As people have adapted to “the new normal”, it’s become clear that the norms of the past were in fact problems.

The number of the select few trusted people that worked from home has now exploded due to the Coronavirus.   For how long, nobody knows, but we are all doing life differently. Now, more people than ever before have been able to experience what it is like to carry out their role from the comfort of their own home or any various combinations between the home, office and with clients.

But, what does the future look like? Is this a societal shift that is here to stay? The multinational professional services network, Ernst & Young, recently announced a new set of data – the EY Future Workplace Index. This index tracks behavioral data and sentiment regarding workplaces in the future. The first data set made for interesting reading.

EY Future Workplace Index – Inaugural data

The EY Future Workplace Index showed that out of all office-based businesses, currently, 72% have adopted a hybrid working environment. This means that these organizations are having people work both and home and in the office. More interestingly, three-quarters of survey respondents don’t believe that either work location will become dominant in the future.

The results highlight our new reality. The working environment has changed on a fundamental level, and it seems highly likely that office work of the past has disappeared for good.

Critical gaps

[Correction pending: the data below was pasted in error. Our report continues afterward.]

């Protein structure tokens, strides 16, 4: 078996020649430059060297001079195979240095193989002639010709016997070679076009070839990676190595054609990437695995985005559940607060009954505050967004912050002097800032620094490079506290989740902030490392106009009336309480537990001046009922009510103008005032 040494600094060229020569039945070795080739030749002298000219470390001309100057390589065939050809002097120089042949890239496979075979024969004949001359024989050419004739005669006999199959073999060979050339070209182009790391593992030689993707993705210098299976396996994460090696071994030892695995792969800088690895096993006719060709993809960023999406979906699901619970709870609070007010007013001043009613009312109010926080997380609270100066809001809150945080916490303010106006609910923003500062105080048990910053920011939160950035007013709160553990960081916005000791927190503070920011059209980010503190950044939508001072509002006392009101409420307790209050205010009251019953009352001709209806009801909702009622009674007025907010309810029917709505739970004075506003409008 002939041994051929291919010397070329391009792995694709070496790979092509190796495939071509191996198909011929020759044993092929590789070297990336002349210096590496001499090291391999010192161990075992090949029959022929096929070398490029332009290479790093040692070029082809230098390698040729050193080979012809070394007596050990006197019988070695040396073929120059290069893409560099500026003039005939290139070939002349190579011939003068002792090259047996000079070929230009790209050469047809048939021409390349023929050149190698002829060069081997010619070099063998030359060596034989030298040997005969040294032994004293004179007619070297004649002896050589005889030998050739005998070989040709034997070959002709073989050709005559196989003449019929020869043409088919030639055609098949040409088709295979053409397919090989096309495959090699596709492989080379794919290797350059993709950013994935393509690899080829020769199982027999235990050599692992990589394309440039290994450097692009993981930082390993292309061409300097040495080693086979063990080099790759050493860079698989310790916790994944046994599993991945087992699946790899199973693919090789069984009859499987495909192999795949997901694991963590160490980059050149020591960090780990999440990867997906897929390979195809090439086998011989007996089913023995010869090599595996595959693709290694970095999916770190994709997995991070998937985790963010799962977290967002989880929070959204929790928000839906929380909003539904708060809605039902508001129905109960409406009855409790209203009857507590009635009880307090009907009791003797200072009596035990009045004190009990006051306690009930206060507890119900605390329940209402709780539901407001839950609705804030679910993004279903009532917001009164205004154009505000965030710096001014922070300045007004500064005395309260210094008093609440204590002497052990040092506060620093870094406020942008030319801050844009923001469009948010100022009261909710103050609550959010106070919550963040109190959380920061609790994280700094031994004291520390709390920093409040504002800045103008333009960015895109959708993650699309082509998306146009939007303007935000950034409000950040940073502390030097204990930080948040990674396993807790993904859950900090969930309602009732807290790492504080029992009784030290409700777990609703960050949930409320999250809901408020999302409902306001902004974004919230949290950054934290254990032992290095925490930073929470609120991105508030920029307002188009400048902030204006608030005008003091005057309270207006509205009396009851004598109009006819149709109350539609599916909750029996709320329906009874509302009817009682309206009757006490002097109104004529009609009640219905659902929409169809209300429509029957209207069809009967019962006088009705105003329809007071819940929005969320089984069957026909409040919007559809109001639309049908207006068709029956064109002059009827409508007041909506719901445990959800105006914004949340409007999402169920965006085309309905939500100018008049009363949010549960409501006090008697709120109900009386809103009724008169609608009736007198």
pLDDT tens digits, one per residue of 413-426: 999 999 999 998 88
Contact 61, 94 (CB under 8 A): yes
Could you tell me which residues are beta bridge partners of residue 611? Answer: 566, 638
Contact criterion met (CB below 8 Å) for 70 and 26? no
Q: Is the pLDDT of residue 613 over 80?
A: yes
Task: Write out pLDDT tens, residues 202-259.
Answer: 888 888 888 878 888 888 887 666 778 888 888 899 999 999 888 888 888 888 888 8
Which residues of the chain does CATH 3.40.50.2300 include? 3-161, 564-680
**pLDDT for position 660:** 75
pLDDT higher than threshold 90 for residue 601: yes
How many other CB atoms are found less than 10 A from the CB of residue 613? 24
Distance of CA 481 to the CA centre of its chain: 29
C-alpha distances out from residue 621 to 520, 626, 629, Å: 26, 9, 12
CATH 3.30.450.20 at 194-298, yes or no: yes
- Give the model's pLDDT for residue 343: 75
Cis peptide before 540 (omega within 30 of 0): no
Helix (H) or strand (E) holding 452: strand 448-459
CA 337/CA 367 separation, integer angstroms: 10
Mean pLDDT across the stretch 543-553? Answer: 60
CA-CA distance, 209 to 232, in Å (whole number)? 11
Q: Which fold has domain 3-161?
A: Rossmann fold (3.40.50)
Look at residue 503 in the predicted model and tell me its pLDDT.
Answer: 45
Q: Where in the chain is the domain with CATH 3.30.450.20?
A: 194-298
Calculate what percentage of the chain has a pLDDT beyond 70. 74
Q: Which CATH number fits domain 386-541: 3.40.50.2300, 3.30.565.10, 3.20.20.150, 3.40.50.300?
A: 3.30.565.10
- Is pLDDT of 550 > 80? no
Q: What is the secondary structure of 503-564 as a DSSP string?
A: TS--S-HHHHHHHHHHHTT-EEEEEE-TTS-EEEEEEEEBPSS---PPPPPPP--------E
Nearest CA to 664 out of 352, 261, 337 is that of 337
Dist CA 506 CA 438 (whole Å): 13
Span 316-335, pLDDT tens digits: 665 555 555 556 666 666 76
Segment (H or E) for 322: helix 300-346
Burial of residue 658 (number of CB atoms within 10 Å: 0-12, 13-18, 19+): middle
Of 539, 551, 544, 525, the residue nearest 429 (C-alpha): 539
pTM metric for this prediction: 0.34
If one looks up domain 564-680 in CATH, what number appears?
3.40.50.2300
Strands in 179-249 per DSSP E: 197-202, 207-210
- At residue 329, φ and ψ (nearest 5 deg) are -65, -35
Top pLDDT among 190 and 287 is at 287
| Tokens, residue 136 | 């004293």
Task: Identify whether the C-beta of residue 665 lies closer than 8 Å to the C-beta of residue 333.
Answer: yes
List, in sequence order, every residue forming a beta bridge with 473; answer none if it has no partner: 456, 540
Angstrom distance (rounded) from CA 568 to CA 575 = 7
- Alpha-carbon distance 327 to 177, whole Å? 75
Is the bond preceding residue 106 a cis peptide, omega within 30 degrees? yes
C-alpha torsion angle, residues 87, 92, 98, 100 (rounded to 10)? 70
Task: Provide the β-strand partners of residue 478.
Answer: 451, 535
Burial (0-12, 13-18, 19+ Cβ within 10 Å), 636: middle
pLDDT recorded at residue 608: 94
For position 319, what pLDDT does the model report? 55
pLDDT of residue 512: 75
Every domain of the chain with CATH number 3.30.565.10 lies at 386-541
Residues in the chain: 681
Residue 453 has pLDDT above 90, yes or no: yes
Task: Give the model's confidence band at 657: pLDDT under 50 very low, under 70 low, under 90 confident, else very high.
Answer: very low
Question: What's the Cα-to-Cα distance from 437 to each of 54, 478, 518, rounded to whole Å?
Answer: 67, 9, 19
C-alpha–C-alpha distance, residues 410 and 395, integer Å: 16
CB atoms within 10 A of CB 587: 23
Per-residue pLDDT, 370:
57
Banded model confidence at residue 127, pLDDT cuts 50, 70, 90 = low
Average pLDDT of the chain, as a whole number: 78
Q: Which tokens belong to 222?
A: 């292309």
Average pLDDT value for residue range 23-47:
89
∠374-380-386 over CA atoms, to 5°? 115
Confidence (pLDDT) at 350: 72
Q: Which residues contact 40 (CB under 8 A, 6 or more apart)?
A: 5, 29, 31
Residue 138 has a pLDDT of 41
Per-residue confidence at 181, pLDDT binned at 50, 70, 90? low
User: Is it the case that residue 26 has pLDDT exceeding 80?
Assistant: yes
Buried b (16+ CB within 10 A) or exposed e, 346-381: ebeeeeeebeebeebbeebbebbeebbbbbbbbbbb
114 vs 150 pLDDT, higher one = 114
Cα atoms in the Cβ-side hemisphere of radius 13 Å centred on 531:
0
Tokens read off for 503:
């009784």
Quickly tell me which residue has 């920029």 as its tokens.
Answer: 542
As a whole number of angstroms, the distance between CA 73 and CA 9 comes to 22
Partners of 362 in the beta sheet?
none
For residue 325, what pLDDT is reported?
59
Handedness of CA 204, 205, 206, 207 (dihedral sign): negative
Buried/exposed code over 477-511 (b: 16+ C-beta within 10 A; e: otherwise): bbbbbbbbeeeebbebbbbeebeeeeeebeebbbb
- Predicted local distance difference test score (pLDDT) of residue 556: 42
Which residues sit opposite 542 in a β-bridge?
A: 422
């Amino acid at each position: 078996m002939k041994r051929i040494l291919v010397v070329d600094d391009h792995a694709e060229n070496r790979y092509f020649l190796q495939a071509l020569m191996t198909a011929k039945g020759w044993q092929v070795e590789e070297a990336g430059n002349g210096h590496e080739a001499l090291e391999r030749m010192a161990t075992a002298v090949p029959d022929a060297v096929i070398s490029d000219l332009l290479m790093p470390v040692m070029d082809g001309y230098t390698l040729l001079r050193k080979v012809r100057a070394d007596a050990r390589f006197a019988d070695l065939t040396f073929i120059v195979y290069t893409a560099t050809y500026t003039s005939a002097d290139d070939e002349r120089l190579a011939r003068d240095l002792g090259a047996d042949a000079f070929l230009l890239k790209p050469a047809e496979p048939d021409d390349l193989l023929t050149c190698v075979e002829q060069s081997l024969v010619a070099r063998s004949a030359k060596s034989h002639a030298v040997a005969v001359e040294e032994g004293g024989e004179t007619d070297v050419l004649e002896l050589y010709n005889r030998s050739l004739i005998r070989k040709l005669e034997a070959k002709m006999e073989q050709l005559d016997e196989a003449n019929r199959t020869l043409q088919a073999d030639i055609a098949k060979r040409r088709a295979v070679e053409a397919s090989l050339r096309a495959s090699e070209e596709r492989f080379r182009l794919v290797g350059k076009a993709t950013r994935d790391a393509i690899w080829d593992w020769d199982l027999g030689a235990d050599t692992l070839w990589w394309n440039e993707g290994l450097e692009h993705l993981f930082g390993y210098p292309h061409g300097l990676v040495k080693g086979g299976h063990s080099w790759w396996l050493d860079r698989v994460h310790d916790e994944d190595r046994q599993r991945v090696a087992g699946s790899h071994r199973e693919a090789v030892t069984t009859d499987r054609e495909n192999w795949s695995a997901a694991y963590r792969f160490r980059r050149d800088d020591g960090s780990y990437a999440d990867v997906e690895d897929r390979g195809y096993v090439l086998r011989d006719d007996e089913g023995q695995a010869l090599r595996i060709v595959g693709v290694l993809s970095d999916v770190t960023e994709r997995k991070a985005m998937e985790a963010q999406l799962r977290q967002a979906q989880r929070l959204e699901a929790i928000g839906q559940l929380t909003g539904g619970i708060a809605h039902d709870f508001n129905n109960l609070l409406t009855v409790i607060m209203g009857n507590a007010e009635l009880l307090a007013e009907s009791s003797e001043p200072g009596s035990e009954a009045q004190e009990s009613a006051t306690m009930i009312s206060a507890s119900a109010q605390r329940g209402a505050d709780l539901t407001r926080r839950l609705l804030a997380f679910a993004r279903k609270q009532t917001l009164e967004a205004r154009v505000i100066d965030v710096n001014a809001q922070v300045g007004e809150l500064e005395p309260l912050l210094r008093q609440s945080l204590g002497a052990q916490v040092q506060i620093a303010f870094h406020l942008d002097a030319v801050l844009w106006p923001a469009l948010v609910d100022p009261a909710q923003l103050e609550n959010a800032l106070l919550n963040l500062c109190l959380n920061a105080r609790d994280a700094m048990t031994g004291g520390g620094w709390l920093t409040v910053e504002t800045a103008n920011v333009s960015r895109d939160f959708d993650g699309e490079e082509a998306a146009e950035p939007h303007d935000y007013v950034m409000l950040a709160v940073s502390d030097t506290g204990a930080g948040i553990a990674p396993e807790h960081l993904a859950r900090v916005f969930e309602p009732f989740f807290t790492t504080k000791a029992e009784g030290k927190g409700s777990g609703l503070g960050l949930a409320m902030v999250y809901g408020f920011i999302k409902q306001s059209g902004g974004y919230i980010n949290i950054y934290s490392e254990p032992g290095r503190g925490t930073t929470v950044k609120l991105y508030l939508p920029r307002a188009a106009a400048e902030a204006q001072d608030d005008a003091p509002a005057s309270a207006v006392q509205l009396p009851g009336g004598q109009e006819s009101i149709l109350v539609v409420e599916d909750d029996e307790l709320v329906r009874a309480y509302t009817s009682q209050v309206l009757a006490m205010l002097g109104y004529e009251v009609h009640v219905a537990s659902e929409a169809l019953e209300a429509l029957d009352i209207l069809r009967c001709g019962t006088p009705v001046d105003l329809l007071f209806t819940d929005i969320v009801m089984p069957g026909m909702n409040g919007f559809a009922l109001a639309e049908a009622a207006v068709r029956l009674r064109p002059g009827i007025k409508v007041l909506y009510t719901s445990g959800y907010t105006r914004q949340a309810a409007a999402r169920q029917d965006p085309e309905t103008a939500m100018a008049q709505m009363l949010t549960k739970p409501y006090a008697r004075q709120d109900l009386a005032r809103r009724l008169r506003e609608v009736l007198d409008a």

According to a Leader of EY Global Real Estate, Mark Grinis, “hybrid work is here to stay”. Grinis also says that a “critical gap” has been revealed. He explains “guidelines are needed to maximize sustained workplace success in a hybrid environment.”

Culture improves thanks to hybrid working

The EY Future Index shows that hybrid working is here to stay, and it revealed the reasons. The flexibility for employees has evolved.  But now, 87% of companies say the role of the office has changed.

In terms of productivity, it would be easy to think that people are more distracted at home and more likely to procrastinate without the work-life separation that the office provides. In actual fact, the opposite is true. A majority 57% of leaders say that the levels of productivity among their workforce is higher than before the pandemic.  They’ll get it all done and more, and partly, to maintain trust and their privilege.

It’s not just business leaders who have noticed a difference with hybrid working; company culture, on the whole, has seen an improvement too. Many workers now say that their work set-up is just as effective, if not more effective, as it was before the pandemic. The improvements are with well-being, operations, productivity, and culture.

Final thoughts

So, while our planet recovers and adjusts, one area of society has realized a clear benefit. We’ll have to see what data the EY Future Workplace Index reveals. Watch this space!